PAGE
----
Vue d'exposition, LOVE LIFE, 2022, Galerie Sultana, Paris. © Gregory Copitet
P. Staff at Galerie Sultana “Time, death, language, light, violence.” These are the themes that influence interdisciplinary artist P. Staff’s body of work – they are not for the faint of heart. Crossing the boundaries of installation, film, and multimedia, the artist dives deep into the biopolitical underpinnings of contemporary life, divulging that which seeks to heal us may indeed be harmful to us. For their current exhibition “Love Life,” Staff coats photographs in resin (a material that is highly toxic in its liquid form), litters wine bottles filled with synthetic gastric fluids across the gallery, and hangs photograms of surgical instruments in precise grid formations. The artworks show how painful it can be to keep on living, or how living wholly exemplifies the pleasure/pain dichotomy. Prepare for often uncomfortable truths from a prescient artist who was a part of this year’s Venice Biennale.
Luigi Ontani, Dante, 1972, Matte color print © Rome, Fabio Sargentini, Archivio L’Attico © Luigi Ontani
Italy in the post-war period was an extremely fertile time for artists given to working with non-traditional materials and/or methods. Arte povera (“poor art”), as it had come to be known, was highly conceptual, experimental, and fomented a break in the conventional ways art was made, marketed, and sold. This group exhibition focuses on the interplay of image-making within a modern context in all of its iterations: the representation of the real in both static and dynamic ways through photography and time-based media. Visitors can expect to be dazzled by the achievements of members from the original avant-garde group, such as Giuseppe Penone, Alighiero Boetti, and Marisa Merz, alongside contemporary artists who have used the canonical works as fodder for their own practices.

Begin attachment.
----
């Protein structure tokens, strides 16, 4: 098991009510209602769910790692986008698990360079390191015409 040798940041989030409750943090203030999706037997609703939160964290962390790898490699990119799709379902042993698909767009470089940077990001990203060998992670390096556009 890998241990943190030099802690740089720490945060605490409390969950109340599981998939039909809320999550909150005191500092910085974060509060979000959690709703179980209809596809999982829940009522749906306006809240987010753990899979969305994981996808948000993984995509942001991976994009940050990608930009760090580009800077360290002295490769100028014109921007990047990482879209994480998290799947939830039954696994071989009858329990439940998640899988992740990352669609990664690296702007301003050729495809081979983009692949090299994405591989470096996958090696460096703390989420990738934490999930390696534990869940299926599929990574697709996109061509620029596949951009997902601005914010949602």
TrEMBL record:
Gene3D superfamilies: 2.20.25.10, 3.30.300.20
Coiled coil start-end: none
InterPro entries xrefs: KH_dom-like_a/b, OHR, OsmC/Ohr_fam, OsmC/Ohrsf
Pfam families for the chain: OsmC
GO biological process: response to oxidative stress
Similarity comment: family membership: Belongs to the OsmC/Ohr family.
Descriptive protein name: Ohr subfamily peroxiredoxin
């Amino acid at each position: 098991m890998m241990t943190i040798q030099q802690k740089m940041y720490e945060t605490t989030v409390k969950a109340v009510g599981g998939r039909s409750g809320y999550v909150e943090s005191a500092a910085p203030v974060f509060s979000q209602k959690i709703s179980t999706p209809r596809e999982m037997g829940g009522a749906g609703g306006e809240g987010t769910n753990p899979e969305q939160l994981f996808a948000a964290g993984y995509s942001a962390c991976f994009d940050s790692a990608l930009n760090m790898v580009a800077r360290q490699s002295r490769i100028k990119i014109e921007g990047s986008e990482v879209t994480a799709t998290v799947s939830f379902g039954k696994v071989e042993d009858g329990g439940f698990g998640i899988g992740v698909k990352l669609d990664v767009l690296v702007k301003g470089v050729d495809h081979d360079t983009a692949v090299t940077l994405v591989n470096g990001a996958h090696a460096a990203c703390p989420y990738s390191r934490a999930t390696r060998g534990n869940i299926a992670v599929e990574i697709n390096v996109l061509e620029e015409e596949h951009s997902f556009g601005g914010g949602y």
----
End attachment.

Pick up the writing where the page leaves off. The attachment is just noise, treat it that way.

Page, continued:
Zoe Leonard, Al Río / To The River, 2016-2022 Courtesy the artist, Galerie Gisela Capitain, Cologne, and Hauser & Wirth, New York
Zoe Leonard at Musée d’Art Moderne de Paris
This exhibition documents a journey into the political, social, and ecological relationship between the USA and Mexico, simultaneously fraught and beautiful. Leonard captured hundreds of images during her travels along this aquatic border—known as the Rio Grande in the United States and the Rio Bravo in Mexico—and uncovered the nuances of community, exclusion, surveillance, commerce, and conservation in this region. “The shifting nature of a river – which floods periodically, changes course and carves new channels – is at odds with the political task it is asked to perform,” says Leonard. The artist’s practice rests on its conceptual core, as she often probes ideas surrounding migration, displacement, and landscape in her photographs, sculptures, and installations.
Anri Sala, Time No Longer, 2021 Courtesy Pinault Collection
Anri Sala at Bourse de Commerce (Pinault Collection)
Sala’s recent installation is poised to fit seamlessly into the curved architecture of the Bourse de Commerce. Time No Longer (2021) combines film and sound to immerse the viewer/listener in the spatial qualities of the gallery; how the sound echoes and reverberates in the room working in tandem with light and shadow. The artist crafts a sonic adventure through use of a historical arrangement: “Quartet for the End of Time,” composed in captivity during World War II by French musician Olivier Messiaen. The focus of Sala’s piece is on the quartet’s solo movement, rousing thoughts of solitude, isolation, detachment, and emptiness – and how one might become re-embodied after a period of profound loneliness.
Monet-Mitchell at Fondation Louis Vuitton
Tavares Strachan at Marian Goodman
Giuseppe Penone at Centre Pompidou
Alice Neel at Centre Pompidou
Mickalene Thomas at Musée de l’Orangerie
Cyprien Gaillard at Palais de Tokyo Le Marais (3rd arrondissement) is home to some of Paris’ best galleries, and is also a destination for boutique shopping and cuisine. Take time to explore one of my favorite concept stores, Merci, with interesting installations and a curated selection of home and ready to wear. For a traditional French lunch after a gallery day, try Chez Janou. Or, after a walk through the Tuileries, try Lou Lou where the view is glorious and a reservation is highly recommended. It’s Paris, so wherever you decide to dine, it is sure to be a delight. Follow @annebruderart on Instagram for the near finissage of the Venice Biennale, Paris highlights and more!